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Great Lakes Article:

Lack of Clean Water Linked with Stunted Growth
By Alison McCook

NEW YORK - Poor access to clean water and good sanitation is associated with poor growth in children, researchers said Friday.

Among children living in a poor community in Peru, those who had the poorest access to clean water and sanitation were 1 centimeter shorter and had 54 percent more episodes of diarrhea than children who grew up in the cleanest conditions.

In an interview, study author Dr. William Checkley of Johns Hopkins University in Maryland said that the conditions that cause early childhood stunting may have long-term effects on children's lives.

Specifically, he said that previous research has shown that kids with stunted growth in early childhood often do not reach normal height, and tend to score worse in tests of overall intelligence years later.

Consequently, early childhood hygiene could have effects on the brain power of the future adult population, and the productivity of the nations in which they reside, Checkley told Reuters Health.

Providing the world's population with access to clean water and good sanitation remains "a huge public health challenge, and will remain so unless governments make it a top priority," he said.

As an initial step in this process, both developing nations and the developed countries that can assist them need to realize that "access to safe water and sanitation is not a privilege, but a basic human right," Checkley stated.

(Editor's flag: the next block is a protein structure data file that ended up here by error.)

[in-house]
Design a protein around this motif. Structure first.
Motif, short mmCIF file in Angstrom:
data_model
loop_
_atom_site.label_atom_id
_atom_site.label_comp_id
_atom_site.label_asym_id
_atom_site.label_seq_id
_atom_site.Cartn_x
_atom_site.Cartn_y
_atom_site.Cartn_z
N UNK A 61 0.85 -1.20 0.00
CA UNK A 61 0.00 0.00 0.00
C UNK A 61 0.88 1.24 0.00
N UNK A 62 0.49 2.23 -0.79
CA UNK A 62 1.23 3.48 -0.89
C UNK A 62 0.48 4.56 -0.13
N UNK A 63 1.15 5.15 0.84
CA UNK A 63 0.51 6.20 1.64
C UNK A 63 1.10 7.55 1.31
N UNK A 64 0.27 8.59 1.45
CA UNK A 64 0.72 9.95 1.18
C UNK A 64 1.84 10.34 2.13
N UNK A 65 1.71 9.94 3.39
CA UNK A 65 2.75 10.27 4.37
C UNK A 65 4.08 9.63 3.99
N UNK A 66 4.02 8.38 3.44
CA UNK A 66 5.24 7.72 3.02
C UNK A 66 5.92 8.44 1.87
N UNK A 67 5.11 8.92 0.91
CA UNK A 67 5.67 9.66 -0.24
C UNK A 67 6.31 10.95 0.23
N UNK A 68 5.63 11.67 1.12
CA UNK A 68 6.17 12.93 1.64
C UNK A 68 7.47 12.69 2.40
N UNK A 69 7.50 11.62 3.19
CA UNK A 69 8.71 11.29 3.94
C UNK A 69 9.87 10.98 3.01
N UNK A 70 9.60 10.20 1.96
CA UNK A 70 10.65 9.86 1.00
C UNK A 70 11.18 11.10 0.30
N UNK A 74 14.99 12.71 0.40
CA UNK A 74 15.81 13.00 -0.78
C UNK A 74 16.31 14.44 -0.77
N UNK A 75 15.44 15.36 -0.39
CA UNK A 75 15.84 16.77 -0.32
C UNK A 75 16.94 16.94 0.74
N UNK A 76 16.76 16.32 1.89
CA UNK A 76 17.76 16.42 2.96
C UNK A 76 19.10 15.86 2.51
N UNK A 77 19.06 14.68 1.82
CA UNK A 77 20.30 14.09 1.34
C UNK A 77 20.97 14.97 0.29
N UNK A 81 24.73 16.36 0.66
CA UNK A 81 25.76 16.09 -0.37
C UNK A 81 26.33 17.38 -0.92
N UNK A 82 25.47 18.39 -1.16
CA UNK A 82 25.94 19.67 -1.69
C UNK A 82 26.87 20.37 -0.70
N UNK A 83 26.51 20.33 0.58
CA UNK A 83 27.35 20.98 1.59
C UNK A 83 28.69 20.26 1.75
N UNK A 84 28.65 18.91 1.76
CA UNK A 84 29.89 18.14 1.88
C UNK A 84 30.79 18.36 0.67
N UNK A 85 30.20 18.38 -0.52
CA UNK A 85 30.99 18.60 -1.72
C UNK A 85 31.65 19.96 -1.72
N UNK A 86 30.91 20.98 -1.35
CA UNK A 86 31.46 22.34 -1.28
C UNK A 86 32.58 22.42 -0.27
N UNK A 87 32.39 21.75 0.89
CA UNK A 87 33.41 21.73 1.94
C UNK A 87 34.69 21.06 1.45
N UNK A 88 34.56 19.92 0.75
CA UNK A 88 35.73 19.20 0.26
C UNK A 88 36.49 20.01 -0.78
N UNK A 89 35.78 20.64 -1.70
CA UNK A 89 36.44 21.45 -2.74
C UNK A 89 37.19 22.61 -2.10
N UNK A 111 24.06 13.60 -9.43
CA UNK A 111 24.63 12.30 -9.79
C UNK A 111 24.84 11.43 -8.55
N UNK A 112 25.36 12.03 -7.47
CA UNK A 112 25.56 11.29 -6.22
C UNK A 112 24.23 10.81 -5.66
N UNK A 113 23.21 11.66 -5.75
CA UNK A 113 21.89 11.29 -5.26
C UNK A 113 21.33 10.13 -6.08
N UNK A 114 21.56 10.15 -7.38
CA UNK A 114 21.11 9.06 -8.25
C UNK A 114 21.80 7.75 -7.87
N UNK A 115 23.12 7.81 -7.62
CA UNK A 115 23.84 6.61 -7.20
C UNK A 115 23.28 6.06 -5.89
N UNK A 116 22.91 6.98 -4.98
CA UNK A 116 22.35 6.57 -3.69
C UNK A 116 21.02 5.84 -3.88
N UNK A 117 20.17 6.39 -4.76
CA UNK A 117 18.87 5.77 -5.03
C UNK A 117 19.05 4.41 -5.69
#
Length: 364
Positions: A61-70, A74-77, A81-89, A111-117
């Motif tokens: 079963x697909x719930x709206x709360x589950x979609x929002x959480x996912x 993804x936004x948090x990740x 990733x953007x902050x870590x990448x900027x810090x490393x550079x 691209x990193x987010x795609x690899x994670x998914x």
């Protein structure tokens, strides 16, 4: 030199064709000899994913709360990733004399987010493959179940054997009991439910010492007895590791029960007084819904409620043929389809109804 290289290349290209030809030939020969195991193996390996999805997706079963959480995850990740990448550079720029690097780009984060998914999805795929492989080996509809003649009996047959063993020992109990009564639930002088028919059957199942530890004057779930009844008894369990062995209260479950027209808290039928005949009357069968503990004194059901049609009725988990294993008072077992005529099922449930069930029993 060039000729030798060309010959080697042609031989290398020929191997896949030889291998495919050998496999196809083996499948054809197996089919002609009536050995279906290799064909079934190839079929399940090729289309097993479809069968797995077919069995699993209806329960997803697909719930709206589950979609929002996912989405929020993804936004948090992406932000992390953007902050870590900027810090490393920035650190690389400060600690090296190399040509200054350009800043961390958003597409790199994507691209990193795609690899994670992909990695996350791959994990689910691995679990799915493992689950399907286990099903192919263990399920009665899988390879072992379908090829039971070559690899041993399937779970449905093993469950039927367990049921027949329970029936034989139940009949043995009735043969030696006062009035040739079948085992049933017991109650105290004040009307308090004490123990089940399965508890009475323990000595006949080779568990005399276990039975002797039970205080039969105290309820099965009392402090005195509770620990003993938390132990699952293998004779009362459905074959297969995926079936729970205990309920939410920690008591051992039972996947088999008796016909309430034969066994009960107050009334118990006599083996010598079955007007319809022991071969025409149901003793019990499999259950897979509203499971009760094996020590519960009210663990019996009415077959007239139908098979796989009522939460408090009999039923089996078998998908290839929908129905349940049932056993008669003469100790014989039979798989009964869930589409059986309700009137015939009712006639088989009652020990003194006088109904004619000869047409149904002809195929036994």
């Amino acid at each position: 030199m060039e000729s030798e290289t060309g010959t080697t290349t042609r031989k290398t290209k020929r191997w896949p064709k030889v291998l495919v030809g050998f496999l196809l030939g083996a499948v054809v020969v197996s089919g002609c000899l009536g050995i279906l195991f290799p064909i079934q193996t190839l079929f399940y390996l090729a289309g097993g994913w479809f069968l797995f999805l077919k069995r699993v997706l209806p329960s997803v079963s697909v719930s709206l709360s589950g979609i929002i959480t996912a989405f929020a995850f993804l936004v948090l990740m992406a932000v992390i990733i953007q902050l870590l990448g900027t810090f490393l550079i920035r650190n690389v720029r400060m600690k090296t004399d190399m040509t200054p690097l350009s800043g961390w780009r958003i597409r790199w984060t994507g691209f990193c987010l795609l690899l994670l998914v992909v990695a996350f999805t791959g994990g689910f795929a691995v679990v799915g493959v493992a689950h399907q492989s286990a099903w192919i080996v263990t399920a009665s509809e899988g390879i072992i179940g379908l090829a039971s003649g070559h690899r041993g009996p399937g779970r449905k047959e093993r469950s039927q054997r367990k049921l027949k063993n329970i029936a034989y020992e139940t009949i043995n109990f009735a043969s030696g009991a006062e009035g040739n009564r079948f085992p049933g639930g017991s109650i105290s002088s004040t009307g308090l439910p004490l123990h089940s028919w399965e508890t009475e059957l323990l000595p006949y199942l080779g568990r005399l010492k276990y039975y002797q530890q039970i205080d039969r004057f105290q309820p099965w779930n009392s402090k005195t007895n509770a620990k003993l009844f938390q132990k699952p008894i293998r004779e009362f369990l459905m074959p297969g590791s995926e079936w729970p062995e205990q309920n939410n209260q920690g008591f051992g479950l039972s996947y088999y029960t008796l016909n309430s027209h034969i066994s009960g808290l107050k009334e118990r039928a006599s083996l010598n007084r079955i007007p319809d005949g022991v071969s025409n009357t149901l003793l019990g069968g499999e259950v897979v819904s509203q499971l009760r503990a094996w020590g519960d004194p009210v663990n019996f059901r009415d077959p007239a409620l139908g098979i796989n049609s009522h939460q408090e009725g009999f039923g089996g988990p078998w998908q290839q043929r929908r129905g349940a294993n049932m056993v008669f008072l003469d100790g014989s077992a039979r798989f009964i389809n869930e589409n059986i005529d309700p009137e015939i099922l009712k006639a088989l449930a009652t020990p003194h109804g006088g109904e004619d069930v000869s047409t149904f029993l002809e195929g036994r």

During the study, Checkley and his colleagues followed 230 children, who lived in a community in Lima, from birth to age 35 months. The researchers noted the quality of their water and sanitation, height and frequency of diarrhea.

The families included in the study obtained their water from indoor taps, a cistern truck or community standpipe, or bought it from a neighbor. Water was stored in containers ranging from small pots and pans to large covered cement cisterns.

Although water stored in small containers is recycled more often than water stored in larger vessels, small pots are usually kept indoors and uncovered, making them more at risk of contamination than are large containers, which are generally kept outside and covered.

Children living in houses with the worst access to clean water and sanitation, which included houses that lacked indoor taps and plumbing, and stored water in small containers, were shorter and had more episodes of diarrhea by age 24 months than children raised in the cleanest conditions.

Simply improving water quality did not change children's height; children raised in households with an indoor water source but no sewage or large storage containers remained significantly shorter than others.

Checkley explained that stunting is a sign of malnutrition, which may result if drinking unclean water transmits diseases that use up the body's resources that are normally used for brain and body development.

He added that the solution may also involve educating people about safe practices, such as opting for larger water storage containers that are kept outside.

In an accompanying editorial, Drs. Richard L. Guerrant and Rebecca Dillingham of the University of Virginia in Charlottesville noted that 2.9 billion people currently live without adequate access to clean water, and another 4.2 billion have no sanitation.

Given the scope of the problem, "we must not delay investing in measures known to alleviate the devastating long-term societal costs of inadequate water, poor sanitation, and early childhood diarrhea," they write.

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